A Sports Series Article

By: Sophie Riggle and Eleanor Mackenzie

The life of an athlete is drastically different from an average student’s life. Although all sports are very unique, they are all similar in one way: the hectic lifestyle student athletes are forced to become accustomed to. In new this series, a different sport will be focused on in each article. We will not only interview athletes about the pros and cons of the sport, we’ll also try to dig deeper into many different aspects of the certain activity. So, stay tuned for more sports articles coming out soon.

The first sport we are focusing on is swimming. Swimming is ranked number 11 out of 50 on a list of most popular sports in America, following volleyball. Although it has a fairly high ranking, this very intense sport is often brushed off by students and even coaches, therefore not a lot is known about it. So, let’s dive into the life of a swimmer.

When others think of a swimmer going to practice, they most likely think of just an hour or two of swimming. However, there is more than one component that makes up a full swim workout. Some things included in the swimming sport are weightlifting and dryland (exercises, cardio, and stretches done outside of the water.) In addition to this, most swimmers help out the team by coaching younger swimmers too. In a survey conducted here at GMS, 71% of the responders said that managing their time during swim season is one of the hardest things about being on the team. On regular days, swimmers will spend 2-3 hours at the high school working out, but if they coach, the athletes will be there for about 4 hours after school. As you can see, balancing your time during swim season may be the biggest downfall of being on the team.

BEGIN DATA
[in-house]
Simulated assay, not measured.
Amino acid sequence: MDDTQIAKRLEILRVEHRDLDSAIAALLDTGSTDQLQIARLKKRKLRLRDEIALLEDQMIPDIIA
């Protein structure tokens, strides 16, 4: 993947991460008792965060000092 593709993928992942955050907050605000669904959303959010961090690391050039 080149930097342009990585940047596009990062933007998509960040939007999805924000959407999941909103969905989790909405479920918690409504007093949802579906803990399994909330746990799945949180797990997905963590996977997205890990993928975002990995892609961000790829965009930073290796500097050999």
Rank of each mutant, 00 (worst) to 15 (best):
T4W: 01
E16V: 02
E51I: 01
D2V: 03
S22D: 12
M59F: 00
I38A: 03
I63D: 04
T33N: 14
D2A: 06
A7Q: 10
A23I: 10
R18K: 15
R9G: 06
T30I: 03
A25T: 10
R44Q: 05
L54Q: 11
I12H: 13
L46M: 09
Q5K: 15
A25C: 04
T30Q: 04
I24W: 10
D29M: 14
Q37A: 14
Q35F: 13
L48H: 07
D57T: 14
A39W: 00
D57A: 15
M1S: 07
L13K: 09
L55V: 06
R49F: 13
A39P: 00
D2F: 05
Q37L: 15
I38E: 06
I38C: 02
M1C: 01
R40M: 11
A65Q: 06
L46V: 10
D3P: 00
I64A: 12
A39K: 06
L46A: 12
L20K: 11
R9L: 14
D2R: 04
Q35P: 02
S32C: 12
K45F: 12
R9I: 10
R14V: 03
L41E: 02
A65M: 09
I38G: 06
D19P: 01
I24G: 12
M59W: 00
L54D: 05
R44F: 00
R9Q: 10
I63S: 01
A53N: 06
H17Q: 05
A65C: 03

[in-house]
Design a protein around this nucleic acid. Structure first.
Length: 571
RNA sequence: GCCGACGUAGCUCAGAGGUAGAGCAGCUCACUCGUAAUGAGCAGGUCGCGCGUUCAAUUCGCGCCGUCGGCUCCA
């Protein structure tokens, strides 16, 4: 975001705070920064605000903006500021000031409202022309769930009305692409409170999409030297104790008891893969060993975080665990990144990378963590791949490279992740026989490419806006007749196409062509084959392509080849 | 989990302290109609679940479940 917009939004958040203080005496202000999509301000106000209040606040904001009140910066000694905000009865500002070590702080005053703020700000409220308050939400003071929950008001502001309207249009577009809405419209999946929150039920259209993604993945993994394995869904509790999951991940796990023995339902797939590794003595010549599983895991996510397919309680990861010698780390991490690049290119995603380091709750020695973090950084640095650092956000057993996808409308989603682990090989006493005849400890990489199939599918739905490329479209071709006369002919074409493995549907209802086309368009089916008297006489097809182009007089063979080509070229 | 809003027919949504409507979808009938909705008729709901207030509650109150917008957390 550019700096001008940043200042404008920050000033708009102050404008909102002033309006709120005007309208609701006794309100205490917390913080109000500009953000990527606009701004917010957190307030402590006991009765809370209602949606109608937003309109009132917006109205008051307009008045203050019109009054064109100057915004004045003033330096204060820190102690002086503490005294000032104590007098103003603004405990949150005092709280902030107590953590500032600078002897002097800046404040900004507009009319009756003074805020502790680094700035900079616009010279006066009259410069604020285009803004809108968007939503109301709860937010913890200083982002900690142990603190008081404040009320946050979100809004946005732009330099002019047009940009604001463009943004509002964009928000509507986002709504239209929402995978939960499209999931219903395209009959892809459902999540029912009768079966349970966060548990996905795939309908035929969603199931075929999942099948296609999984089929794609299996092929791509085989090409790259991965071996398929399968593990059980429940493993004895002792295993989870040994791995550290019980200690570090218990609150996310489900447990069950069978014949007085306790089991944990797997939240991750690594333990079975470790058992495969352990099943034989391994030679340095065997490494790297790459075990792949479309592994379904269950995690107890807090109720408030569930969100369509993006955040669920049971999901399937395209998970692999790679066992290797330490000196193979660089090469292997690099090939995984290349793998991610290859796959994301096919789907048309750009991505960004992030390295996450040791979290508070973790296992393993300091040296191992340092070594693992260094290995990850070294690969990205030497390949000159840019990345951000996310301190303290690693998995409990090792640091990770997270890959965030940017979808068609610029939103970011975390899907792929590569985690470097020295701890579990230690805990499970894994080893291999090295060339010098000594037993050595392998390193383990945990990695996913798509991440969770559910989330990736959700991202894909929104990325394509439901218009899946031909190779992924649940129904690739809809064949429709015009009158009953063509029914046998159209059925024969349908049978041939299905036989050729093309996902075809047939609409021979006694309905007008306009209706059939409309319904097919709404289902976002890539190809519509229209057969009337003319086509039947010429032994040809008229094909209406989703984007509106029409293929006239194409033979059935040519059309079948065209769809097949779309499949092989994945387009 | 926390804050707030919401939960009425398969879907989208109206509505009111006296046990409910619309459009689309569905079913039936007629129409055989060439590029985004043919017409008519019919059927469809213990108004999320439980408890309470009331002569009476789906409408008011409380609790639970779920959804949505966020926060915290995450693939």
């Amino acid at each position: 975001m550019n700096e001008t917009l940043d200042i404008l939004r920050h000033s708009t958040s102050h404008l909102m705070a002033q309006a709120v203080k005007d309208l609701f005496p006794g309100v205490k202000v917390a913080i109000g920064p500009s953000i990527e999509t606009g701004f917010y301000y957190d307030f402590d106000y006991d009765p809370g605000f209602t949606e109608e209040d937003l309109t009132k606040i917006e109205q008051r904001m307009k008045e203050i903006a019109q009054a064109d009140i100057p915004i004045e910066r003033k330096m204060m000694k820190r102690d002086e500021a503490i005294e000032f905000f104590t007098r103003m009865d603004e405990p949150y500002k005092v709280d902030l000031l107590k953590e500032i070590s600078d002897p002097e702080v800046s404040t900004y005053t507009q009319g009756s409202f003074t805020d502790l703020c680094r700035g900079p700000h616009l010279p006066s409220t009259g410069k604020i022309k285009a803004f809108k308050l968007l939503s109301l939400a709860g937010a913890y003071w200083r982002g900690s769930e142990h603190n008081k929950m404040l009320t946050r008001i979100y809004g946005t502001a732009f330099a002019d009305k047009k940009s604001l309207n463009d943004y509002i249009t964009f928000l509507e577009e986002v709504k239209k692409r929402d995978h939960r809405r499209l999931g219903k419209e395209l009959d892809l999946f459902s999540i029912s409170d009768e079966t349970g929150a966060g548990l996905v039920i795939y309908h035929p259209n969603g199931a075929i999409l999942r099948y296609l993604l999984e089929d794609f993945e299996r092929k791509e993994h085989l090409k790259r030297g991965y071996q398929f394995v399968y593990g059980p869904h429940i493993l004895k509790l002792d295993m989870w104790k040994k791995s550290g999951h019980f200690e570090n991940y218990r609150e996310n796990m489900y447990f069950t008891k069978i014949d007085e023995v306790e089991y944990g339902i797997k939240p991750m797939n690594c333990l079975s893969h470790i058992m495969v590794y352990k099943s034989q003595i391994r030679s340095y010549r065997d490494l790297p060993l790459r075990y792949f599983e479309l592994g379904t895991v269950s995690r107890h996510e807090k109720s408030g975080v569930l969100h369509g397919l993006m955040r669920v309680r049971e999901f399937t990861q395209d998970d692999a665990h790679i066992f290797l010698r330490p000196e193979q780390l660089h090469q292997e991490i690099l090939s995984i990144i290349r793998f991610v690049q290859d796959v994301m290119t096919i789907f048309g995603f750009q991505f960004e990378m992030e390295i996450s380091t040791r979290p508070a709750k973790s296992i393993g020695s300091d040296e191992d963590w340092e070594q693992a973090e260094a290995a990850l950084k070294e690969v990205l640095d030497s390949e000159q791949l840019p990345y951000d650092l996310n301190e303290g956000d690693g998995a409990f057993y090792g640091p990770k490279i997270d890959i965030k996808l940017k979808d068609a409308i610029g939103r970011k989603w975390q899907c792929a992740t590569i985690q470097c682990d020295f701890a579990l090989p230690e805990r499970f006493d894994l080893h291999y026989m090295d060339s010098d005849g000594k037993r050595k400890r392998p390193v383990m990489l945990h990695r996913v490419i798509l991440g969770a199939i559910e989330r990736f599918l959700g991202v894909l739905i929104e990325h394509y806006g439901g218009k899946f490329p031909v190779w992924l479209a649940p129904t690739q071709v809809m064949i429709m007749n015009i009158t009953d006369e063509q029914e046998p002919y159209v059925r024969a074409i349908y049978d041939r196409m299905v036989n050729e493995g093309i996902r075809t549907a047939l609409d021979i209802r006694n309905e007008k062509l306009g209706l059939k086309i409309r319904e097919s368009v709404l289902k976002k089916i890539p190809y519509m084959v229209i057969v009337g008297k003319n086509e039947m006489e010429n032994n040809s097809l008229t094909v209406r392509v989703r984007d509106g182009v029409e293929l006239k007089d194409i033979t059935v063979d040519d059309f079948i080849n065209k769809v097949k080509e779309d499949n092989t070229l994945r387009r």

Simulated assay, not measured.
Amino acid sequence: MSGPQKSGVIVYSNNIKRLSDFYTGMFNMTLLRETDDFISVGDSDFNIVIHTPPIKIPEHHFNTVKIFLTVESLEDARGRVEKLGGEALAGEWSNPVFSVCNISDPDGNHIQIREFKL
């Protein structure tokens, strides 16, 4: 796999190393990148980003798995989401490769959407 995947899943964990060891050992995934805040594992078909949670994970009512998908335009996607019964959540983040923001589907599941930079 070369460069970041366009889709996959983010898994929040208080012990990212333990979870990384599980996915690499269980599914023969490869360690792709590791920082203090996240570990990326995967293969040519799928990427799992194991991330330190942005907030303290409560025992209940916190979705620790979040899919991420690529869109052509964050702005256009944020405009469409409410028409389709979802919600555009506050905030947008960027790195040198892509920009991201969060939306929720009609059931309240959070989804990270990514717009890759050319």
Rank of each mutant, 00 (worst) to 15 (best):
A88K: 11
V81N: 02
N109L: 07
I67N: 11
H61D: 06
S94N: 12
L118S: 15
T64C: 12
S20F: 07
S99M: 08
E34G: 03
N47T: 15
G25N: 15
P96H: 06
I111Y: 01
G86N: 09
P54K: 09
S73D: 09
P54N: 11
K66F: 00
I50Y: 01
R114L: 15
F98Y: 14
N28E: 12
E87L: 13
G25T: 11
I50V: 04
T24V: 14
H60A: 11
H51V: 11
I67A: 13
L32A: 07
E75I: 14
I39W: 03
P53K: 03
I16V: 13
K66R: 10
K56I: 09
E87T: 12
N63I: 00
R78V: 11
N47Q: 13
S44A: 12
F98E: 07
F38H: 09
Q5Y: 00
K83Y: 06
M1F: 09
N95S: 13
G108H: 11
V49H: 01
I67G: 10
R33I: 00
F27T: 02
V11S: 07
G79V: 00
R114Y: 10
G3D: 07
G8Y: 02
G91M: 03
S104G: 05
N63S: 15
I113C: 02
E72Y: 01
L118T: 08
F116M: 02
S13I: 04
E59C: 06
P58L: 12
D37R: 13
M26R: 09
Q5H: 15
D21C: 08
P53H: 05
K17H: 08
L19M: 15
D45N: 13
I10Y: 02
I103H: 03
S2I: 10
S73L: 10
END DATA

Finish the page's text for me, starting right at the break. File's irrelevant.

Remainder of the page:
About half of the swimmers surveyed said that as a swimmer, they were stereotyped to be certain things and called names. Those may include being called a nerd, lame, and told that swimming is not a real sport. This is an annoyance to swimmers because, like all sports, they put a lot of effort and time into their workouts and what they do, so being called “useless” and other things of that matter are very offensive. Another struggle swimmers face is the very large commitment that swimming is. As a swimmer, it is your responsibility to go to many meets and get to all practices. As I mentioned before, this takes a lot of time, making it hard to attend other activities and have a normal social life in general. So, next time you are talking to a swimmer, think twice about what you’re going to say.

You may have heard someone say that a sports team is like their family. This is especially true with swimming. Since the swim team is fairly small, the dynamic tends to be closer. In fact, 85.8% of the surveyors said that the majority of the group gets along well. However, some students aren’t particularly close with the other members of the team. Like with any activity, there will always be drama, but despite that, the team is very friendly. 28.6% of people who took the survey even said that they spend time together outside of practices.

Swimming is not an easy sport, as you might have been able to tell. From the hectic schedule these athletes face to the name calling and stereotyping they get, swimmers go through a lot. We hope with this article that you have learned the ups and downs of swimming, and understand the sport better.

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